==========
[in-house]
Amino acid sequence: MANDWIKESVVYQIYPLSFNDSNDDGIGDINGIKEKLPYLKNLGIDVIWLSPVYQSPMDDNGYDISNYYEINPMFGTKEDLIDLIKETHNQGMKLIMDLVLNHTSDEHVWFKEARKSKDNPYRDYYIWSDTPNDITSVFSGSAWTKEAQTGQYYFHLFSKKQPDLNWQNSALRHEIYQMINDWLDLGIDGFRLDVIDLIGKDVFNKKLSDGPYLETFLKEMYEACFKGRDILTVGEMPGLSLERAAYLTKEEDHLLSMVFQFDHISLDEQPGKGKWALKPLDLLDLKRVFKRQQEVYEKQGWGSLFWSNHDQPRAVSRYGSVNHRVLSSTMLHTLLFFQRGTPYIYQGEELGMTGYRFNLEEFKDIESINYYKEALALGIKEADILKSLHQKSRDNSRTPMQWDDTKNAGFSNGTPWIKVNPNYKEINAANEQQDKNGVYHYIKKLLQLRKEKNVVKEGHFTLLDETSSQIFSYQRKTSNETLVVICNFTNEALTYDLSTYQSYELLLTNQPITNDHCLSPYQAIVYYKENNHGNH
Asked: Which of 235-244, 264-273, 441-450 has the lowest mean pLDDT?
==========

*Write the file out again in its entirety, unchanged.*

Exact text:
[in-house]
Amino acid sequence: MANDWIKESVVYQIYPLSFNDSNDDGIGDINGIKEKLPYLKNLGIDVIWLSPVYQSPMDDNGYDISNYYEINPMFGTKEDLIDLIKETHNQGMKLIMDLVLNHTSDEHVWFKEARKSKDNPYRDYYIWSDTPNDITSVFSGSAWTKEAQTGQYYFHLFSKKQPDLNWQNSALRHEIYQMINDWLDLGIDGFRLDVIDLIGKDVFNKKLSDGPYLETFLKEMYEACFKGRDILTVGEMPGLSLERAAYLTKEEDHLLSMVFQFDHISLDEQPGKGKWALKPLDLLDLKRVFKRQQEVYEKQGWGSLFWSNHDQPRAVSRYGSVNHRVLSSTMLHTLLFFQRGTPYIYQGEELGMTGYRFNLEEFKDIESINYYKEALALGIKEADILKSLHQKSRDNSRTPMQWDDTKNAGFSNGTPWIKVNPNYKEINAANEQQDKNGVYHYIKKLLQLRKEKNVVKEGHFTLLDETSSQIFSYQRKTSNETLVVICNFTNEALTYDLSTYQSYELLLTNQPITNDHCLSPYQAIVYYKENNHGNH
Asked: Which of 235-244, 264-273, 441-450 has the lowest mean pLDDT?